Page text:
A Lifeline for Rural Albertans
Laurel and Mark Mayrs never imagined they would rely on the Pediatric Critical Care Transport Team once, let alone twice. In fact, in the span of a couple short months, both their young sons needed to be airlifted to Calgary under the care of this team of experts.
Two-year-old Kaysen suffers from asthma and had previously required hospital care in the family’s home community of Medicine Hat. However, in October of 2021, he experienced an especially severe attack. Though specialists in Medicine Hat tried everything that had helped in the past, nothing could get it under control. Almost unbelievably, as this terrifying situation was unfolding, Laurel went into labour with the couple’s second child.
The Medicine Hat Hospital team called on the advice of experts from the Alberta Children’s Hospital and through video conference, explained how dire the situation was becoming. The transport team flew to Medicine Hat and worked with local staff to assess and stabilize Kaysen for transport. Though reluctant to leave Laurel’s side as she had just given birth, Mark flew with Kaysen and the Pediatric Critical Care Transport Team (PCCT) team to Calgary.
The team explained exactly what they were seeing and doing throughout the flight. Mark was thankful for the team’s continuous and careful watch over Kaysen’s vitals and breathing as they travelled to Calgary.
Where Your Money Goes
Pediatric Critical Care Transport Team
Critical illness or injury are not confined to the Calgary area. For young patients and their families living in rural centres without immediate access to expert pediatric care, the Pediatric Critical Care Transport Team from the Alberta Children’s Hospital is literally their lifeline.LEARN MORE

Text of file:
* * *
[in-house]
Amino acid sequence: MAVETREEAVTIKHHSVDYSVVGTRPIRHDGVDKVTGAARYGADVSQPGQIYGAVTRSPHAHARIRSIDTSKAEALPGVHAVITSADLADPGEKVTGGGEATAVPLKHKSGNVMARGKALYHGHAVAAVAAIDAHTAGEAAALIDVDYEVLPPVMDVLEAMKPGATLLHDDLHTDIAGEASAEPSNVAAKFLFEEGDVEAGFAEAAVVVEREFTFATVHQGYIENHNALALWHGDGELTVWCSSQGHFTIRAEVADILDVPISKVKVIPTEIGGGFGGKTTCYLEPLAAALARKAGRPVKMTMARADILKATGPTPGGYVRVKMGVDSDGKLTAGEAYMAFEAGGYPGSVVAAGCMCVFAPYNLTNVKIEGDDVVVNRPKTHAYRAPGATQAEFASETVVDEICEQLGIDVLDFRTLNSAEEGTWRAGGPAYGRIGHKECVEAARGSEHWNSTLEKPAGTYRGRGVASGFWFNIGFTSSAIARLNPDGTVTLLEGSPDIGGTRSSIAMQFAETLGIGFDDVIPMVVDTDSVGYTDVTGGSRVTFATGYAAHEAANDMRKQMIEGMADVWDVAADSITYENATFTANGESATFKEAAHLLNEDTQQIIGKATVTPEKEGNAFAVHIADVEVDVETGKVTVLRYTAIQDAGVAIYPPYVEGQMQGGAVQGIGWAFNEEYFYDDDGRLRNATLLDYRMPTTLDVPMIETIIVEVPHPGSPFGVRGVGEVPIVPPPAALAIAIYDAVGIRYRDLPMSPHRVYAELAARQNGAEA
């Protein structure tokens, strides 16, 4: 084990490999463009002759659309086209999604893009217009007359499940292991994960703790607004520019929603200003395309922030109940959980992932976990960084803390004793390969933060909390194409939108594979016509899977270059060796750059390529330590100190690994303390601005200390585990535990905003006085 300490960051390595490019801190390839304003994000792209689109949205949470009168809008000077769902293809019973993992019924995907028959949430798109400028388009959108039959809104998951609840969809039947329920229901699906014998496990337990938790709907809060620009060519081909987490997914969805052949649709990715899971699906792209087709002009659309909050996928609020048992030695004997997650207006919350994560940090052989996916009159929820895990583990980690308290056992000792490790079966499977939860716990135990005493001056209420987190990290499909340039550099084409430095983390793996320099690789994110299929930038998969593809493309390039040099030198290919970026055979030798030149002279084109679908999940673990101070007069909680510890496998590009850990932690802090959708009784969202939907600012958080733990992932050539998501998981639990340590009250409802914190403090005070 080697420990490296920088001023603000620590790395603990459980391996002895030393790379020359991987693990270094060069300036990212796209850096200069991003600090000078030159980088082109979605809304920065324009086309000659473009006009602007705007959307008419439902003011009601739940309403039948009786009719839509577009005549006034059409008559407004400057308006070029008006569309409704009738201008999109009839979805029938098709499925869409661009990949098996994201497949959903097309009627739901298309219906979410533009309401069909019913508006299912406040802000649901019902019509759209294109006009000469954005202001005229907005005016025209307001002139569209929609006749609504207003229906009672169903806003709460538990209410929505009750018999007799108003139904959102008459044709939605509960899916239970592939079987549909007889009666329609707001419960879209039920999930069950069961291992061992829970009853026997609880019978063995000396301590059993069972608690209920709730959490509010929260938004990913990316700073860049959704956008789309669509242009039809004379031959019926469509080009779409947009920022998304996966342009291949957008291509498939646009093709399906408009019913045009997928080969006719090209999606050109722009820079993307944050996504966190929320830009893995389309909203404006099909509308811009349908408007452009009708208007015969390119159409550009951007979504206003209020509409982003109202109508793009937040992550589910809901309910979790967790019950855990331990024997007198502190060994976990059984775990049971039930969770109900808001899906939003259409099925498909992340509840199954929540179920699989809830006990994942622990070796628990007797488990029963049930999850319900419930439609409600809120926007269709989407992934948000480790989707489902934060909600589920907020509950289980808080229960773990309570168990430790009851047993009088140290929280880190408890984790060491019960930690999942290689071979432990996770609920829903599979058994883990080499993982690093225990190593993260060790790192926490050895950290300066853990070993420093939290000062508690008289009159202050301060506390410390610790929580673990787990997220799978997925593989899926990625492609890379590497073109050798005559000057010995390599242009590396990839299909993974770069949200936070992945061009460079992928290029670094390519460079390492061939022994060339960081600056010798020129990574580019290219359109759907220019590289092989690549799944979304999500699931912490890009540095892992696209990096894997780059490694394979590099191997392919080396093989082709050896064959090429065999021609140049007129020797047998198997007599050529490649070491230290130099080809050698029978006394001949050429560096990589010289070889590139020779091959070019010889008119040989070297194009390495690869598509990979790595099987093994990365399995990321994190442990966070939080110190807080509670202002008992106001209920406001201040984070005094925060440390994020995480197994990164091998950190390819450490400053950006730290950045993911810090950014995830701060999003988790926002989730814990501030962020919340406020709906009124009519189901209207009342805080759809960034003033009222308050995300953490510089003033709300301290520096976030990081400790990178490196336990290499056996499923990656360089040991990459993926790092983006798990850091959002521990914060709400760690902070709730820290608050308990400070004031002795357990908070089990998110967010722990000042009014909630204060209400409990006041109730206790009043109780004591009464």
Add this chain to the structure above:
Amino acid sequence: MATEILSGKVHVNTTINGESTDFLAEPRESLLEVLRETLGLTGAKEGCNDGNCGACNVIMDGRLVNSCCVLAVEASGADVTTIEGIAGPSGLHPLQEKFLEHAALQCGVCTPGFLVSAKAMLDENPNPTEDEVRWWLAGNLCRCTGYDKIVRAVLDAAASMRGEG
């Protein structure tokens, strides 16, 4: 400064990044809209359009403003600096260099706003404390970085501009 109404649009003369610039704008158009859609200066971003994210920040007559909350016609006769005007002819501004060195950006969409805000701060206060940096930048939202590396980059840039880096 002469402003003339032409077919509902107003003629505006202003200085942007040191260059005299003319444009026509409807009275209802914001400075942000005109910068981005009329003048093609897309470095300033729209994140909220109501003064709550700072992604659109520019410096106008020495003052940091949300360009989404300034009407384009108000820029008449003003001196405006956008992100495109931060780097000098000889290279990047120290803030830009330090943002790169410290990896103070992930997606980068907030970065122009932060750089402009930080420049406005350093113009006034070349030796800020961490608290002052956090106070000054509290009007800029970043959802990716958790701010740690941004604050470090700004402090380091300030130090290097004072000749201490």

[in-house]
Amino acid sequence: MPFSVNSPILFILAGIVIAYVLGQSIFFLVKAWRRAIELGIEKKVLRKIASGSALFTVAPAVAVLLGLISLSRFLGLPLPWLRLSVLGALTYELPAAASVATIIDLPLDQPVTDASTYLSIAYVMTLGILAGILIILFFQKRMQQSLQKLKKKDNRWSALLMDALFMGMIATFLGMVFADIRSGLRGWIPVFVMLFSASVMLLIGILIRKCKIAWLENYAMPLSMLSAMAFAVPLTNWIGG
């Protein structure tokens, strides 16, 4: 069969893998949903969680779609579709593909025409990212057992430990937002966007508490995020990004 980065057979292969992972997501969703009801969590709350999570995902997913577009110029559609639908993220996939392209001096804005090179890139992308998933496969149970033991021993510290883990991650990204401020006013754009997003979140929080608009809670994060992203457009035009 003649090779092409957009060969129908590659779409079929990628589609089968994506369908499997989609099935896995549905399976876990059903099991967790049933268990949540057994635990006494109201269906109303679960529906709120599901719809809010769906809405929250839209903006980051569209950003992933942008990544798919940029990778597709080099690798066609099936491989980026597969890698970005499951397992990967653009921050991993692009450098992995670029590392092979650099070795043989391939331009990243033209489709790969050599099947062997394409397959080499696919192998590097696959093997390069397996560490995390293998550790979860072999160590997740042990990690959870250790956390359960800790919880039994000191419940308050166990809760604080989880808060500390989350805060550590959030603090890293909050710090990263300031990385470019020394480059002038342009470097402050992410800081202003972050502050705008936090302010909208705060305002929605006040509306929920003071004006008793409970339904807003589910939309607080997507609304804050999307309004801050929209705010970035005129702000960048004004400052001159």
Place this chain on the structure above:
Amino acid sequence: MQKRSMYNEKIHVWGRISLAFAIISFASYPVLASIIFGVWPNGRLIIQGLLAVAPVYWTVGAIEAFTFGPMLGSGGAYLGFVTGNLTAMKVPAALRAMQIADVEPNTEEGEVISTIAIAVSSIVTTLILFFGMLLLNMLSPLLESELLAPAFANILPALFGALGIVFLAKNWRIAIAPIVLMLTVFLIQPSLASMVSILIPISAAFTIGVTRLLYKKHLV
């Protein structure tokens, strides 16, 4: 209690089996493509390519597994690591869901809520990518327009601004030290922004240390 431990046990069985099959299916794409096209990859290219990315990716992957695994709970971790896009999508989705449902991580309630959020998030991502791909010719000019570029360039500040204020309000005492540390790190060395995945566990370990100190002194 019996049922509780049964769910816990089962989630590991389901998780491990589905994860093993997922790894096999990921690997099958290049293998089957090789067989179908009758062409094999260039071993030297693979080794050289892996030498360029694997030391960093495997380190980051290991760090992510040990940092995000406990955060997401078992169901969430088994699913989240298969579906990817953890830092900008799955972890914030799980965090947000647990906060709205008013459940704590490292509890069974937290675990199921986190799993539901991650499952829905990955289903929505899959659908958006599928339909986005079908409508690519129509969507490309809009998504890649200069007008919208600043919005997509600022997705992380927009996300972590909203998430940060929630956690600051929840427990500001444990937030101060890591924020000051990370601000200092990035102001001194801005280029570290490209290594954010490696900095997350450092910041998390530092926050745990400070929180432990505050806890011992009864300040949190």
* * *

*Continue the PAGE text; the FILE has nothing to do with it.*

Once they arrived at the Alberta Children’s Hospital, Kaysen was rushed to the Pediatric Intensive Care Unit (PICU) where he received the medications and rest he needed. Thankfully, he was able to go home a couple of days later to fully recover and meet his new little brother.
“Without them, things could have ended very differently.”
– Mark Mayrs, Kaysen and Beckam’s Dad
Then, on Christmas Eve, the unthinkable happened. Their new baby, Beckam, had contracted Respiratory Syncytial Virus (RSV) and was struggling to breathe. He was so small and fragile that the situation quickly became life-threatening. Once again, Medicine Hat specialists called on the PCCT team from the Alberta Children’s Hospital to come and intervene.
Beckam was in bad shape and needed to be intubated immediately. Thanks to their specialized training and experience intubating even the tiniest of babies, the transport team successfully established an airway so air could reach his lungs. He was then rushed, along with Laurel, to Calgary via airplane. Beckam was in the PICU for several days before his little lungs were strong enough to work on their own again. Thankfully, he, too, made a full recovery and was able to return home.
Mark and Laurel are so grateful the transport team was there when they needed it and for the pediatric-specific expertise they brought with them. “We’re thankful they were able to help our family both times. Without them, things could have ended very differently,” says Mark.
Over the last five years, more than 1,200 children from across southern Alberta, southeastern British Columbia and southwestern Saskatchewan needed the life-saving services of the Pediatric Critical Care Transport Team. Too sick to be treated in their home communities, these critically-ill and injured children relied on our specialists to reach them and provide timely expert interventions. Learn more.
Saving Sight for Babies
Emma was born in Red Deer more than four months early, at 22 weeks and six days gestation. She weighed just 1.3 pounds and, with her severely underdeveloped organs, was in a fight for her life. Then Emma developed Retinopathy of Prematurity, a serious eye disorder putting her at risk of permanent vision loss.
Improving Care for kids like Braeden
The vast majority of children rely on care from one or two specialists over the course of one or two visits before returning to care from their family physician. For others, like Braeden, their relationship with the Alberta Children’s Hospital spans their entire childhood and involves many experts and clinics.
Radiothon saves lives
Like many 12-year-old boys, Teddy Floreani loves to play video games. What’s remarkable about him, is that he can control them using only his mind. Thanks to state-of-the-art technology funded through the Country 105 Caring for Kids Radiothon, Teddy can use his brain to do things his body cannot.